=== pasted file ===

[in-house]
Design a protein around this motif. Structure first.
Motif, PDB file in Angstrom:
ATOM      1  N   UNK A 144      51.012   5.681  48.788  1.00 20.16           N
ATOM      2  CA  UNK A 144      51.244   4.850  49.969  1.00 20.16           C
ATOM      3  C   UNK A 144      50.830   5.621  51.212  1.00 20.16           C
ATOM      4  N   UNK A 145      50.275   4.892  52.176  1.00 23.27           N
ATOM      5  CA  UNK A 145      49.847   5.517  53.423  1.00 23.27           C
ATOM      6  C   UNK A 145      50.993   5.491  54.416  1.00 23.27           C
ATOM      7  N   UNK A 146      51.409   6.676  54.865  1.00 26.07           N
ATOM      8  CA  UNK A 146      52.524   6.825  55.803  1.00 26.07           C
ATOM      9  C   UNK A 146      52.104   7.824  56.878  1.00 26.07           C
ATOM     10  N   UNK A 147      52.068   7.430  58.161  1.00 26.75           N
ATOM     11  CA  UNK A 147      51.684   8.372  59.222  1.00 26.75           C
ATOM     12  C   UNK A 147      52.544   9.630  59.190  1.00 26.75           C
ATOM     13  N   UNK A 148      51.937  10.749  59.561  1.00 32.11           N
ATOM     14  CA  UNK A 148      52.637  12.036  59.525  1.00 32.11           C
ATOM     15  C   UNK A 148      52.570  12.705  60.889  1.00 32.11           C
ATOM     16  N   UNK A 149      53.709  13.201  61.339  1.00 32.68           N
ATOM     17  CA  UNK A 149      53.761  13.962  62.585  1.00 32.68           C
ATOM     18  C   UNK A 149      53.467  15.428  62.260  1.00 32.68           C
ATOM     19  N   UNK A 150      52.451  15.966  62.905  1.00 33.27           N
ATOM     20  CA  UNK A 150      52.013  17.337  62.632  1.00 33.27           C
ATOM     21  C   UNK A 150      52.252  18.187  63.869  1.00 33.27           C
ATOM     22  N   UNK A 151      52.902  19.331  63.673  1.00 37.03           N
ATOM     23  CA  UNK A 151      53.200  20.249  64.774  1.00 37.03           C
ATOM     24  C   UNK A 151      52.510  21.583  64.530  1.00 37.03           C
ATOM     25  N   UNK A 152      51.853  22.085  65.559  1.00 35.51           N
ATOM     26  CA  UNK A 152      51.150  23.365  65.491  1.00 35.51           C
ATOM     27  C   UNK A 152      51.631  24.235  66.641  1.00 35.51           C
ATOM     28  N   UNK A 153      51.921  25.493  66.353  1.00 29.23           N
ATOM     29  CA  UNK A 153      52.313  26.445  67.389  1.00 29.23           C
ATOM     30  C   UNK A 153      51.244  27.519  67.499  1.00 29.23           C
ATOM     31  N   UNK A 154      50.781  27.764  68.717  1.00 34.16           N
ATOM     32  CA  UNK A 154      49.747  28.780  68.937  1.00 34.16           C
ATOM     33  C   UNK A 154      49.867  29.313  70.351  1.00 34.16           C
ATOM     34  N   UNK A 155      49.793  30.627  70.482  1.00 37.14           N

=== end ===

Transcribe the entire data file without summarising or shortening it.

[in-house]
Design a protein around this motif. Structure first.
Motif, PDB file in Angstrom:
ATOM      1  N   UNK A 144      51.012   5.681  48.788  1.00 20.16           N
ATOM      2  CA  UNK A 144      51.244   4.850  49.969  1.00 20.16           C
ATOM      3  C   UNK A 144      50.830   5.621  51.212  1.00 20.16           C
ATOM      4  N   UNK A 145      50.275   4.892  52.176  1.00 23.27           N
ATOM      5  CA  UNK A 145      49.847   5.517  53.423  1.00 23.27           C
ATOM      6  C   UNK A 145      50.993   5.491  54.416  1.00 23.27           C
ATOM      7  N   UNK A 146      51.409   6.676  54.865  1.00 26.07           N
ATOM      8  CA  UNK A 146      52.524   6.825  55.803  1.00 26.07           C
ATOM      9  C   UNK A 146      52.104   7.824  56.878  1.00 26.07           C
ATOM     10  N   UNK A 147      52.068   7.430  58.161  1.00 26.75           N
ATOM     11  CA  UNK A 147      51.684   8.372  59.222  1.00 26.75           C
ATOM     12  C   UNK A 147      52.544   9.630  59.190  1.00 26.75           C
ATOM     13  N   UNK A 148      51.937  10.749  59.561  1.00 32.11           N
ATOM     14  CA  UNK A 148      52.637  12.036  59.525  1.00 32.11           C
ATOM     15  C   UNK A 148      52.570  12.705  60.889  1.00 32.11           C
ATOM     16  N   UNK A 149      53.709  13.201  61.339  1.00 32.68           N
ATOM     17  CA  UNK A 149      53.761  13.962  62.585  1.00 32.68           C
ATOM     18  C   UNK A 149      53.467  15.428  62.260  1.00 32.68           C
ATOM     19  N   UNK A 150      52.451  15.966  62.905  1.00 33.27           N
ATOM     20  CA  UNK A 150      52.013  17.337  62.632  1.00 33.27           C
ATOM     21  C   UNK A 150      52.252  18.187  63.869  1.00 33.27           C
ATOM     22  N   UNK A 151      52.902  19.331  63.673  1.00 37.03           N
ATOM     23  CA  UNK A 151      53.200  20.249  64.774  1.00 37.03           C
ATOM     24  C   UNK A 151      52.510  21.583  64.530  1.00 37.03           C
ATOM     25  N   UNK A 152      51.853  22.085  65.559  1.00 35.51           N
ATOM     26  CA  UNK A 152      51.150  23.365  65.491  1.00 35.51           C
ATOM     27  C   UNK A 152      51.631  24.235  66.641  1.00 35.51           C
ATOM     28  N   UNK A 153      51.921  25.493  66.353  1.00 29.23           N
ATOM     29  CA  UNK A 153      52.313  26.445  67.389  1.00 29.23           C
ATOM     30  C   UNK A 153      51.244  27.519  67.499  1.00 29.23           C
ATOM     31  N   UNK A 154      50.781  27.764  68.717  1.00 34.16           N
ATOM     32  CA  UNK A 154      49.747  28.780  68.937  1.00 34.16           C
ATOM     33  C   UNK A 154      49.867  29.313  70.351  1.00 34.16           C
ATOM     34  N   UNK A 155      49.793  30.627  70.482  1.00 37.14           N